The solution to the problem of poor ethics in business for all those who have been trying to keep their hands and their morals clean, is the solution that goes immediately against their instinct. It is by investing in the very companies which have these terrible practices that they can guide them towards better ways of doing business. In day to day running of these companies the board of directors makes business decisions based upon rules that are set out in the Companies Acts. These rules suggest they ought to think about broader issues and their effect on their environment but only really so long as they don’t let it stand too badly in the way of returning maximum profit to the shareholder. However the secondary input that guides their decision making is the input of investors at any meetings they attend.
Given that the entire country proves to be problematic even for the Prime Minister to lead or control it makes sense that ordinary people would only be able to make the world better in smaller ways. Start with the world in front of you. At a certain point one begins to realise that doing the washing up or the vacuum cleaning is quite satisfying but makes no real long term impact on the world and the problems that afflict it. Conveniently if it is possible to save or raise even a small amount of cash it is possible to step into those companies that appear in the newspapers every day. Those things that people vote to change in elections can be changed from within the companies themselves. Admittedly it is still necessary to have the backing of many other like minded thinkers, but far fewer than in a public election. Alternatively simply raising enough money can give one investor the voting power of many.
Without the force of legislation there are few ways to change the behaviour of a company. Consumer action works to an extent but is often easily exhausted and difficult to affect by repairing company behaviour. Only by getting power inside a company itself can one be most assured of getting close to having a positive influence over the way that company conducts its business. By attending shareholder meetings one stands a far better chance of meeting other shareholders and of affecting their thought processes. The more shares a person owns and the more ruthless the company in which they have bought the shares, the more potential for good they can create in shareholder meetings. A side effect of this method of trying to make a better world is that those dividends are received by the people who are working hardest to prevent the companies in question from doing any further harm. That is the way to buy into Bertrand Russell’s prediction without breaking one’s moral principles.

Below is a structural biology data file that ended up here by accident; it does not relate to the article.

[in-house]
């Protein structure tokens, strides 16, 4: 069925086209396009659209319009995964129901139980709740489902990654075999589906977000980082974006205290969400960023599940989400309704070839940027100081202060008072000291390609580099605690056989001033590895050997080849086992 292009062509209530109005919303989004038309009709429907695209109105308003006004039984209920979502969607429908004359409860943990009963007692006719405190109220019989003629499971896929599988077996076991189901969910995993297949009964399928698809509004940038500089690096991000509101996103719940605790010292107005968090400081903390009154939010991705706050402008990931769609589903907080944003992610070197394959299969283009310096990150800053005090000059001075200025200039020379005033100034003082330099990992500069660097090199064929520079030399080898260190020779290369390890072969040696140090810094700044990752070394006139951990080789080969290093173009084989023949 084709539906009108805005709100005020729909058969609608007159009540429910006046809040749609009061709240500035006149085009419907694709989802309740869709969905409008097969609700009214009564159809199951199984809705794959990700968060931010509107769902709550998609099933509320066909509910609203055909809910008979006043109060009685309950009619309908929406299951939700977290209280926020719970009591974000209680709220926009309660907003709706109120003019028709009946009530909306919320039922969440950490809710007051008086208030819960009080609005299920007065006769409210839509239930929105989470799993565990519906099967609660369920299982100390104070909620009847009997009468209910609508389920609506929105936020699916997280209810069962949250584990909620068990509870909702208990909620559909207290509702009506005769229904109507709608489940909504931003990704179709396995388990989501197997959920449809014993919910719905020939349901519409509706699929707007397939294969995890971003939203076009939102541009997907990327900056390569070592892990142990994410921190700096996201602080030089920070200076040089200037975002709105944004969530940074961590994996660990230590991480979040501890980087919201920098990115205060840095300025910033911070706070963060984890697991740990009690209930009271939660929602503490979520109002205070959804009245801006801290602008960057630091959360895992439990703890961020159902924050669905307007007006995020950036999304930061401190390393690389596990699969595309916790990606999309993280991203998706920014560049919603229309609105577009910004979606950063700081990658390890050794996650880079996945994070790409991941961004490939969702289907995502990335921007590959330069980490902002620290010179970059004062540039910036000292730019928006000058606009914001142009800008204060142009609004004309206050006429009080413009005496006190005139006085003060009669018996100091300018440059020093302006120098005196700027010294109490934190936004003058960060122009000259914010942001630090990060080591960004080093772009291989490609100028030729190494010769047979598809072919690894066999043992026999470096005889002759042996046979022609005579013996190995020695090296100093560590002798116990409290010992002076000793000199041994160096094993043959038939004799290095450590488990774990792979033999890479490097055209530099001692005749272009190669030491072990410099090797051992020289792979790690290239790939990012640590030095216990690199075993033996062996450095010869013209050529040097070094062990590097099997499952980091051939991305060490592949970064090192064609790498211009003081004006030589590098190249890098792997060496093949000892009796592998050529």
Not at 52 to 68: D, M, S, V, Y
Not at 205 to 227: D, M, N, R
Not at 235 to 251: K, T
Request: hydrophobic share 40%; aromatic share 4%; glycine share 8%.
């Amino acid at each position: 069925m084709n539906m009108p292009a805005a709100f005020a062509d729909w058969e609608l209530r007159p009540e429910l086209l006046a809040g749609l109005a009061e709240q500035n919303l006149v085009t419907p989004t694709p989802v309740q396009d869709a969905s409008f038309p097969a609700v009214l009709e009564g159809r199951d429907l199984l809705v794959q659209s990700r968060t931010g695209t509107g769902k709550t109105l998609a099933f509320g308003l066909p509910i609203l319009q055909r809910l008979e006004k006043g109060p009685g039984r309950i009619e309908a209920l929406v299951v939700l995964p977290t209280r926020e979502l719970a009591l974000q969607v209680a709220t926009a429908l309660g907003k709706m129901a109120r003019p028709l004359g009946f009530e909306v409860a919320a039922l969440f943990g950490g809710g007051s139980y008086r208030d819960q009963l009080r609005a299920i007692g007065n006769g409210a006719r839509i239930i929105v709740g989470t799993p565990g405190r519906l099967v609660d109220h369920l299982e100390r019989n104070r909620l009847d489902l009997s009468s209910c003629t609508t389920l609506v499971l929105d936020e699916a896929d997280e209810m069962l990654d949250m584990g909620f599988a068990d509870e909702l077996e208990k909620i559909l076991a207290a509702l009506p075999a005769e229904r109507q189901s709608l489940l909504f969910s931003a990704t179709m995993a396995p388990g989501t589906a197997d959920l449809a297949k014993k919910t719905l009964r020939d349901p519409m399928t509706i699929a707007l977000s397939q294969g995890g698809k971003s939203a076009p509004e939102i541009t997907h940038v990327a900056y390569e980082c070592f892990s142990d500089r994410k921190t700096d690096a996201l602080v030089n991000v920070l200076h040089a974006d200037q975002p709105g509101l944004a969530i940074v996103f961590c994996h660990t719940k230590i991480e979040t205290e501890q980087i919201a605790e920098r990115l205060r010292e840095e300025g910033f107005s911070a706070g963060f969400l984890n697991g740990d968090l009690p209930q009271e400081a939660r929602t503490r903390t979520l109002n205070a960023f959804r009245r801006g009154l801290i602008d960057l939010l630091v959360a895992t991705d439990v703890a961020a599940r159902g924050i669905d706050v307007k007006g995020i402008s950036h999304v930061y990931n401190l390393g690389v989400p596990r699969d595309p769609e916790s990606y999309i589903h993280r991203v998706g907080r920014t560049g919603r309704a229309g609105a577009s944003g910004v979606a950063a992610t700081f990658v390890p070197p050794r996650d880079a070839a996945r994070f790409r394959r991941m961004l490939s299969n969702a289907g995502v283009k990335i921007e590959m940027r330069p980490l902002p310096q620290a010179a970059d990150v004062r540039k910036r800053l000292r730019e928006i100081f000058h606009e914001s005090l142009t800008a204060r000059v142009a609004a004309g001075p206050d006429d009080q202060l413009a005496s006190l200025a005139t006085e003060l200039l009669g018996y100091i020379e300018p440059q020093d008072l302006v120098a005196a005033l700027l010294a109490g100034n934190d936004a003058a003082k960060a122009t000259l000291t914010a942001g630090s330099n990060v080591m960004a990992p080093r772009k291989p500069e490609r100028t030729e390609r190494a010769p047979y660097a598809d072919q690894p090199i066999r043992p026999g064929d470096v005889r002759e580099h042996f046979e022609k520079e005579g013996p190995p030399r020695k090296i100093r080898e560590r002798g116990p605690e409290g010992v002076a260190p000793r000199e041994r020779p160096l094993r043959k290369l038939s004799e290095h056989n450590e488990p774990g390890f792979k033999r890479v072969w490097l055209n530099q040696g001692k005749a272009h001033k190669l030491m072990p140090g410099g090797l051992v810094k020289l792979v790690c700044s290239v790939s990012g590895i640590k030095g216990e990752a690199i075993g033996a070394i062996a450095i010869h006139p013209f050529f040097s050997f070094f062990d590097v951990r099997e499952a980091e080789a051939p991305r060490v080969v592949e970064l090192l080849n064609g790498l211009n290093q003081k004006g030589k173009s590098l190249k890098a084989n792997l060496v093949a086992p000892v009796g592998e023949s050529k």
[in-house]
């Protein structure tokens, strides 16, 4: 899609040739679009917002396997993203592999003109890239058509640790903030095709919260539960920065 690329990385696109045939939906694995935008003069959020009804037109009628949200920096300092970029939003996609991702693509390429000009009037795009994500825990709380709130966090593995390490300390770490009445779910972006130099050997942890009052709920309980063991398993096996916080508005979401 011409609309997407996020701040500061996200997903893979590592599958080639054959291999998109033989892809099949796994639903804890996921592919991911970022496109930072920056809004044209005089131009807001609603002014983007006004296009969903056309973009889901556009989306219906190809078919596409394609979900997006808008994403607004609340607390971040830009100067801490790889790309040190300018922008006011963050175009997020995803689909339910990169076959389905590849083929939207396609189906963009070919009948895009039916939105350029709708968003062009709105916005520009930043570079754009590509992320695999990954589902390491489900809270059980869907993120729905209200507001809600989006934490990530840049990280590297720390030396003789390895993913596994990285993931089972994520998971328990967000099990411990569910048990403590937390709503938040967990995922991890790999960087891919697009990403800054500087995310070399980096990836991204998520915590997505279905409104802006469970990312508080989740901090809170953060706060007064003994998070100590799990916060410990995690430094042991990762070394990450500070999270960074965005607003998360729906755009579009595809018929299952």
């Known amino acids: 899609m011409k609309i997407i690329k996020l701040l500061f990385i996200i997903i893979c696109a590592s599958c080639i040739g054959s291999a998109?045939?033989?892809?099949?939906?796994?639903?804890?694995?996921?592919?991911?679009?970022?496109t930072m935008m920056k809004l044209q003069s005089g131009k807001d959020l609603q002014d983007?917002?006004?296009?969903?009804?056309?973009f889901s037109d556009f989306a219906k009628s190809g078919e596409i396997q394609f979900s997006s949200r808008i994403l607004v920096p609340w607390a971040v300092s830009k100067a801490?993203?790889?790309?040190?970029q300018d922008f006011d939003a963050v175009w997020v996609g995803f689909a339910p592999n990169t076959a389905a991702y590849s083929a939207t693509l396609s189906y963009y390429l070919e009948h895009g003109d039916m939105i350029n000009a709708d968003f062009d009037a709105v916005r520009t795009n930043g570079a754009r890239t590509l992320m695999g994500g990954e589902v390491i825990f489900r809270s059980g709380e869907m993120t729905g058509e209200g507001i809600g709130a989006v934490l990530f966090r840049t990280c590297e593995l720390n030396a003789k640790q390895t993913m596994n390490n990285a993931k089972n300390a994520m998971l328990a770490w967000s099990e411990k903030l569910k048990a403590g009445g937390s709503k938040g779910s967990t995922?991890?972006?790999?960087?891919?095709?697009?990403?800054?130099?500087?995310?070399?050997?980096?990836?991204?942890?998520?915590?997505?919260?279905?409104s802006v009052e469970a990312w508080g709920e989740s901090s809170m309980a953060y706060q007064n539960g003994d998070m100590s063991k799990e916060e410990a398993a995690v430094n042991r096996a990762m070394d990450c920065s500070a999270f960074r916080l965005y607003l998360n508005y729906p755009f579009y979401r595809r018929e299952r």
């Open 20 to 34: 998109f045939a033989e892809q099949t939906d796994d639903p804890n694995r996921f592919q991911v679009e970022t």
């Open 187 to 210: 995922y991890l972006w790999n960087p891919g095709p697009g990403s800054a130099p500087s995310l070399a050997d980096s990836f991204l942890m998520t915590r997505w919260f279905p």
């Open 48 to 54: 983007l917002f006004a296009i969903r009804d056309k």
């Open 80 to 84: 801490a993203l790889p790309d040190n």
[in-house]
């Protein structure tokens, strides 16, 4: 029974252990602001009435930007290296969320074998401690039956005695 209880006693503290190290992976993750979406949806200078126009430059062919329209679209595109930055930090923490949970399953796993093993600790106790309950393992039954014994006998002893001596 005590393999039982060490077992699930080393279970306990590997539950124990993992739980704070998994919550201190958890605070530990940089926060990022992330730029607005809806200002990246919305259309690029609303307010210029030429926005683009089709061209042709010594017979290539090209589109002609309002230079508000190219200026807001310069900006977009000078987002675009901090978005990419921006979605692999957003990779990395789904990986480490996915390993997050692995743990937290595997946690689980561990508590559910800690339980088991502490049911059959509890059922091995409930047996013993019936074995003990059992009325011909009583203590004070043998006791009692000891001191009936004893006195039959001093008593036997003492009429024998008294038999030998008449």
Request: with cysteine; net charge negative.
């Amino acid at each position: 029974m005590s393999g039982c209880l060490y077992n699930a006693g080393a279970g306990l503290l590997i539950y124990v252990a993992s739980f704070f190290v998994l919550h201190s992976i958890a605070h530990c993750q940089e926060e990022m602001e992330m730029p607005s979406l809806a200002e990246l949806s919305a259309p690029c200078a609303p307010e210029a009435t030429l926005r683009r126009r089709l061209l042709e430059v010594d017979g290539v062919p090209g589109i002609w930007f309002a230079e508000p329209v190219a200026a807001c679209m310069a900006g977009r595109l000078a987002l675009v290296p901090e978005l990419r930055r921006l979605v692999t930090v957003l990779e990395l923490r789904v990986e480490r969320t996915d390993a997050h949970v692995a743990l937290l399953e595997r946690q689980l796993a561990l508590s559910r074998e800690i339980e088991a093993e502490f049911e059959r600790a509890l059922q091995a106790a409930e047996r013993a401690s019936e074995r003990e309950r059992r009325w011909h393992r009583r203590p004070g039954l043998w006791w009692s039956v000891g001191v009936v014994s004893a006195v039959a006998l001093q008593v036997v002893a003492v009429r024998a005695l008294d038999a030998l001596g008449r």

Having just read the Guardian article ‘The tech utopia nobody wants‘ it occurred to me that laying the blame on the nerds was unfair. To some the idea of feeding the poor the artificial food stuff ‘Soylent’ in lieu of food stamps is a mark of a repellent future, just as there are people who rebel against the idea of Google glass becoming ubiquitous. The problem is not a problem with the technology though, the rapidly changing nature of technology merely highlights flaws that have existed in society since the enlightenment era began.
Certainly there are solid reasons to allow the developers of technology to have less control over our lives. Almost every piece of software I use has a feeling of being a beta version. Some software is released in permanent beta; much of the software we use is supposed to be a finished polished version but is far from perfect. Bugs and flaws are a common experience while we work on our computers; imagine if we had to put up with bugs and flaws in every aspect of our lives. In fact we do have bugs and flaws running through many aspects of our daily lives because so many things are based around very modern technology. The hidden pollutants and costs that frequently appear in our power sources, or the health problems caused by food additives are two examples of how technology exists throughout our lives and is not just the domain of silicon valley.